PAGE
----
About 300 people, many of them high school students and teachers who were on a trip to a resort island, were missing Wednesday after a ferry disaster off the southern coast of South Korea.
The ship, which left the city of Incheon on South Korea’s western coast Tuesday night, sent out a distress signal around 9 a.m. local time on Wednesday. That was 8 p.m. ET Tuesday. The trip south to Jeju Island was supposed to take about 14 hours. According to The Associated Press, the students and teachers are from a high school in Ansan city near Seoul.By the time rescuers arrived on the scene, the ship was on its side. After about two hours, according to NPR’s Anthony Kuhn, the ship had turned over completely and most of it was under water. Anthony, who is monitoring the news from Beijing, said on Morning Edition that authorities believe more than 470 people were on board before the ferry went down. It was well below capacity: According to Anthony, the ship can carry as many as 900 passengers.
South Korea’s Yonhap News Agency reports that “fears have grown that many of those unaccounted for could be trapped inside the sunken ship and died.”
In the first few hours after the tragedy, authorities were reporting they had recovered at least four bodies. Of those on board, CNN says, 325 were students and 15 were teachers from Seoul’s Ansan Danwon High School. Jeju, the network adds, is “considered the Hawaii of Korea.” (Update from CNN added at 9:30 a.m. ET.)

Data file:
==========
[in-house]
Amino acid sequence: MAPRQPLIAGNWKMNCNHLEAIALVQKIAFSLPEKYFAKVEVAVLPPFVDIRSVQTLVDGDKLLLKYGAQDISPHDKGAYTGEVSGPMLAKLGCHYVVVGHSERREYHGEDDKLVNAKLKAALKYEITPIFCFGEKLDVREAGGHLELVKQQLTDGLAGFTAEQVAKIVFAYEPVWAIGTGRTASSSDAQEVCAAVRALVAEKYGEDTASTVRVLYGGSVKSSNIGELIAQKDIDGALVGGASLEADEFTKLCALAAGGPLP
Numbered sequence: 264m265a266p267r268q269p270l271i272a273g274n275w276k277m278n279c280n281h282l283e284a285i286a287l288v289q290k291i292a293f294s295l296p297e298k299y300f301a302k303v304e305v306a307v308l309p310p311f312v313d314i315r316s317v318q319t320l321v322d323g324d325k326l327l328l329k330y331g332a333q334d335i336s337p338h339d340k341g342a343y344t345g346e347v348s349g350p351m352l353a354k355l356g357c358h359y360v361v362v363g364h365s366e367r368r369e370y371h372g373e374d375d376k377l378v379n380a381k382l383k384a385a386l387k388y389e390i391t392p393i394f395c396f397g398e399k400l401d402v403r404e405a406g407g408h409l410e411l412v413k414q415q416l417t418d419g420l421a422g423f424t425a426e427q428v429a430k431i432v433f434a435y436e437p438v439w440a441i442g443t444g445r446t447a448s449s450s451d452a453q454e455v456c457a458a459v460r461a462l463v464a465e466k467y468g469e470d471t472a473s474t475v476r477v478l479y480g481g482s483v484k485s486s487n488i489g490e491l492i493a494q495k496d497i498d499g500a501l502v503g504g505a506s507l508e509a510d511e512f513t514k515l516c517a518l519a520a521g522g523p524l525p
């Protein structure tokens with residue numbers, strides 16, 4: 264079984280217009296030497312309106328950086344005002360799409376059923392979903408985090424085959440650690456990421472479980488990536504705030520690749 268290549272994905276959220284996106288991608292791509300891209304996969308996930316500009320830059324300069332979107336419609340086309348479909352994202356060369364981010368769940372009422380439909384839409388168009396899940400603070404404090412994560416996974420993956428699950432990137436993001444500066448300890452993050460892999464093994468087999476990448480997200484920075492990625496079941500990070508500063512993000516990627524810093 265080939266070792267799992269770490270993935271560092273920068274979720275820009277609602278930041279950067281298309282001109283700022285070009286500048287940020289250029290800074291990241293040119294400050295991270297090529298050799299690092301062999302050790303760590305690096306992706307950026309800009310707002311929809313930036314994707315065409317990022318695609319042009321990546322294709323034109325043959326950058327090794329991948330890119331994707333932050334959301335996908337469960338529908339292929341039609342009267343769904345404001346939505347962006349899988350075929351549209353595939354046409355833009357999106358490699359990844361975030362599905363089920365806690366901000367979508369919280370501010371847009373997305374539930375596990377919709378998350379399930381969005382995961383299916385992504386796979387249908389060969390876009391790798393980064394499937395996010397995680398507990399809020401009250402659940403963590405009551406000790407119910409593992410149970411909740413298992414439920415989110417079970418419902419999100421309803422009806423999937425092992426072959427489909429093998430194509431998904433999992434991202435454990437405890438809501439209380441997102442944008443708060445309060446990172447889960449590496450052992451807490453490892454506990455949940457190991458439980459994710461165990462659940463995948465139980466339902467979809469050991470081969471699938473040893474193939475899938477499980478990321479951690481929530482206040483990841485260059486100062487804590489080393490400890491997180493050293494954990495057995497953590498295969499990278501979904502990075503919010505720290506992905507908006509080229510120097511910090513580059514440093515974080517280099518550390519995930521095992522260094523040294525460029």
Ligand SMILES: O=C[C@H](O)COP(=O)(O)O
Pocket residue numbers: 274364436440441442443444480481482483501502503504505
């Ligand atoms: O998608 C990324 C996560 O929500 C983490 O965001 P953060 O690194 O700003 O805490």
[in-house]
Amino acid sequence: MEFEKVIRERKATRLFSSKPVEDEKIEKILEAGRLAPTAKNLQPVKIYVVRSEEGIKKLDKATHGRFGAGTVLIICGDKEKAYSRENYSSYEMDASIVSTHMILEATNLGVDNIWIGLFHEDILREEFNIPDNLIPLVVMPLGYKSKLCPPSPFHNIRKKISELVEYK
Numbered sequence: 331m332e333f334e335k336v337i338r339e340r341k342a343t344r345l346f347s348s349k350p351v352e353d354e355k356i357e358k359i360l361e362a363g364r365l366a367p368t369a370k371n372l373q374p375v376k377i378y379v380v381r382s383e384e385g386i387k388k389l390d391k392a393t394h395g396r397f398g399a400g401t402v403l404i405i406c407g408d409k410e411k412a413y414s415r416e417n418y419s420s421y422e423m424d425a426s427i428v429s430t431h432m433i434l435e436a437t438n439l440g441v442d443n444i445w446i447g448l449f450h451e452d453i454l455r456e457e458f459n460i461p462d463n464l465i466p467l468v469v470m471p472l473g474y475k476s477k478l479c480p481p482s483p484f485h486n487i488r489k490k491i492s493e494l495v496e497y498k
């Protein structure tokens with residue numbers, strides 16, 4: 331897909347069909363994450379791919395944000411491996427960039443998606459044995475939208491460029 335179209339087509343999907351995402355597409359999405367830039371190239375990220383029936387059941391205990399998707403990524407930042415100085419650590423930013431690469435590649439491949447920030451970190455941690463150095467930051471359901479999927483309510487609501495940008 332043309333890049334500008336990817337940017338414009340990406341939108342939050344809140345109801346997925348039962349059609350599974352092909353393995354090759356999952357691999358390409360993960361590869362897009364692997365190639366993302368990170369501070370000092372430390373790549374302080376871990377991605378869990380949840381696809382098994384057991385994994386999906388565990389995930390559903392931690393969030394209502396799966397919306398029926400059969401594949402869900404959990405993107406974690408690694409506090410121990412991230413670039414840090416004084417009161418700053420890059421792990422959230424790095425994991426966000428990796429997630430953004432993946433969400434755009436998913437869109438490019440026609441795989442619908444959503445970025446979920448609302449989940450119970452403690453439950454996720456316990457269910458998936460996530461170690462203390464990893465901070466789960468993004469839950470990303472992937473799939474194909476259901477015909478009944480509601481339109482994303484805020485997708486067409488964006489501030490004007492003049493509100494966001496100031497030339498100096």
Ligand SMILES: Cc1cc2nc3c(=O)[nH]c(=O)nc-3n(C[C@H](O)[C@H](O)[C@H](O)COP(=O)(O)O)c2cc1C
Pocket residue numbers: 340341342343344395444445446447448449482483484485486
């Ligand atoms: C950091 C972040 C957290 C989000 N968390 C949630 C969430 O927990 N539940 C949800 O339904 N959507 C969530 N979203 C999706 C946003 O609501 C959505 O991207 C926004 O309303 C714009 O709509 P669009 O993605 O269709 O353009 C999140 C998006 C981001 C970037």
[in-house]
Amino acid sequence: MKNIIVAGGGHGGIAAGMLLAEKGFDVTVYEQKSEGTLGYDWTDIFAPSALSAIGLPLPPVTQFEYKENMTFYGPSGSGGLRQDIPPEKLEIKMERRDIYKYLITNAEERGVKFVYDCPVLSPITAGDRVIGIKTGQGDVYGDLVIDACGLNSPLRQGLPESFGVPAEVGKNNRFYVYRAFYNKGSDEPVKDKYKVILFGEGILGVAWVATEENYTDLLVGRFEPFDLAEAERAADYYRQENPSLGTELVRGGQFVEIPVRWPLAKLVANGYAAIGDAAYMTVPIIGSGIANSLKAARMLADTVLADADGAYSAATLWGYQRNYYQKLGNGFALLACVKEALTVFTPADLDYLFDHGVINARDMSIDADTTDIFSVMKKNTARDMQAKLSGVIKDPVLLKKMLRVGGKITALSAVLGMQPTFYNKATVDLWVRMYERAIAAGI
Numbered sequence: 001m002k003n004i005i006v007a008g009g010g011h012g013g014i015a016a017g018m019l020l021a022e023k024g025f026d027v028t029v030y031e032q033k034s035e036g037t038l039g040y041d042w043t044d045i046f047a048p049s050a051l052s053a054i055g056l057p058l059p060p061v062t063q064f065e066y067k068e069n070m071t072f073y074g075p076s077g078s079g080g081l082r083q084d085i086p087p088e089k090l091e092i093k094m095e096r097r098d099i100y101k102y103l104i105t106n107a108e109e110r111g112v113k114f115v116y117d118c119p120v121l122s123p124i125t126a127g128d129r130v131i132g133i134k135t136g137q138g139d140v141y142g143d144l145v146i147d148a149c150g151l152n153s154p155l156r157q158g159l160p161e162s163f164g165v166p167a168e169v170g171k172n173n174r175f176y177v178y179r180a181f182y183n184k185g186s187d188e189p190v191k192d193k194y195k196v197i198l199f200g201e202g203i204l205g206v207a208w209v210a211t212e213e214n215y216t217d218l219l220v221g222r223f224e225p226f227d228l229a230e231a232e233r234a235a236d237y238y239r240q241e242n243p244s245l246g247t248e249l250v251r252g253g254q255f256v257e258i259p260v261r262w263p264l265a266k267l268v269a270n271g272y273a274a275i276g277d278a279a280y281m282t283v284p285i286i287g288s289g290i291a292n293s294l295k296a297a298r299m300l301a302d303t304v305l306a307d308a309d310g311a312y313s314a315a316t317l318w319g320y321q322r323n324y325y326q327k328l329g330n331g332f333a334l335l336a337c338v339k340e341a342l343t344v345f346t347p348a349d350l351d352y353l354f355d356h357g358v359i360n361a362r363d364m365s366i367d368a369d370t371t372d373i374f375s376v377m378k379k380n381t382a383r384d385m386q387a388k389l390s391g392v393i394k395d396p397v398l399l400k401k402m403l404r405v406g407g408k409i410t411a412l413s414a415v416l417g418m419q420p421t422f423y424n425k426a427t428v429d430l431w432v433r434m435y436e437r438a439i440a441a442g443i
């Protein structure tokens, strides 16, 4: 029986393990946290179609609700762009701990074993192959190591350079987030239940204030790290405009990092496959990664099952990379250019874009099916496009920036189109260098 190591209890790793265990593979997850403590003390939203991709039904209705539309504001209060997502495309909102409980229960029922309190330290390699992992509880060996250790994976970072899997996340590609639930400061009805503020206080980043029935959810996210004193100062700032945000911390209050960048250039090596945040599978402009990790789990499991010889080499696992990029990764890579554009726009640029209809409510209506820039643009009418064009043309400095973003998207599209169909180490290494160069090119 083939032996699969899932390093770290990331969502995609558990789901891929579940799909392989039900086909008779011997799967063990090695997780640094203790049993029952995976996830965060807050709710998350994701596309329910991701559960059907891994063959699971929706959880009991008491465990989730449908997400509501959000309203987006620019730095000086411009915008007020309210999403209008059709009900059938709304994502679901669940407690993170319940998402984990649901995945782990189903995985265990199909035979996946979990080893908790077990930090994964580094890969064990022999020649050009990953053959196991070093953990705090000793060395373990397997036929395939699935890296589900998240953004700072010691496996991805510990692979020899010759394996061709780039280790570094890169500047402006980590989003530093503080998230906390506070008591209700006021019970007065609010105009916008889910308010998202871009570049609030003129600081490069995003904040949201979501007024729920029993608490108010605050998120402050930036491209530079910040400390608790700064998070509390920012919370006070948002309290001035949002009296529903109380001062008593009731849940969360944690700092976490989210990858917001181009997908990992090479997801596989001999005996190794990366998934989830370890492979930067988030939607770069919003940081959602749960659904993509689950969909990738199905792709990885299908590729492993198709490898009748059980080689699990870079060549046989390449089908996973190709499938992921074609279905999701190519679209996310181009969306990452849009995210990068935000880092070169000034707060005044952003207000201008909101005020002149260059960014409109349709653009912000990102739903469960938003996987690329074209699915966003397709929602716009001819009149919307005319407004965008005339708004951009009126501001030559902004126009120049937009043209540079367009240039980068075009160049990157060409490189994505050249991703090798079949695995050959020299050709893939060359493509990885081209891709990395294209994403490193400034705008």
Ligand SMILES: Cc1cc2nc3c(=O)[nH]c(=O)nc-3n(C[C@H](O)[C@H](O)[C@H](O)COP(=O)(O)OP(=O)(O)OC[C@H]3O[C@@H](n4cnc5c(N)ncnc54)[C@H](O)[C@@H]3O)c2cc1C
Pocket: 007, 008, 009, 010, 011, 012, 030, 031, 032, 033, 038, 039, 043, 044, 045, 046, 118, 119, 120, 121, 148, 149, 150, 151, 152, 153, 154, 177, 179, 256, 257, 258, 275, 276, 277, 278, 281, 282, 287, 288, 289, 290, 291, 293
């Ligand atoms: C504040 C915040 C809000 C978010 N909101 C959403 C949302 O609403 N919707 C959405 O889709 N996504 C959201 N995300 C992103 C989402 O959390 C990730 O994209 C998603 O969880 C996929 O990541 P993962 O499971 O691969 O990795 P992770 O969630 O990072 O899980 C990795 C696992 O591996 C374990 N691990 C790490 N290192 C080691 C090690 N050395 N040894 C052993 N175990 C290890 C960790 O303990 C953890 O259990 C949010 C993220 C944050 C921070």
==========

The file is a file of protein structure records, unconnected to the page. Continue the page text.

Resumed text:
NPR’s Frank Langfitt, who is following the news from Shanghai, tells our Newscast Desk that the South Korean Coast Guard reports it rescued at least 164 people before the ferry sank. The water temperature in the area is just above 50 degrees Fahrenheit, Frank reports, and “South Korean authorities say people swimming in water at that temperature show signs of hypothermia after 90 minutes or two hours.”
A U.S. Navy ship is heading to the site to assist South Korean rescuers.
According to Yonhap News:
“The cause of the accident was not known, though survivors said they heard a banging noise before the ship suddenly started sinking. Speculation has arisen that the ship might have hit an underwater rock or collided with another vessel. …
“The ship, which plies between Incheon and Jeju [Island] twice a week, was built in Japan in 1994, is 146 meter long and 22 meter wide, and has the maximum capacity of carrying 921 people, 180 vehicles and 152 shipping containers at the same time.”
Read original article – Published April 16, 2014 6:55 AM ET
Hundreds Missing After Ferry Sinks Off South Korea’s Coast
- Juneau Bar Association asks Gov. Walker to consider geographic diversity before making his selection.
- Many of Alaska’s rural schools are not working. Low student performance and high teacher turnover are just two of more obvious indicators of problems in these mostly Native school districts. Those working in the schools say it’s time for radical changes.
- The festival sold out in record time this year.
- Inuit leaders and organizations from Canada have been lobbying the U.S. for the last year. Polar bear sport hunting is an important industry to the Inuit economy.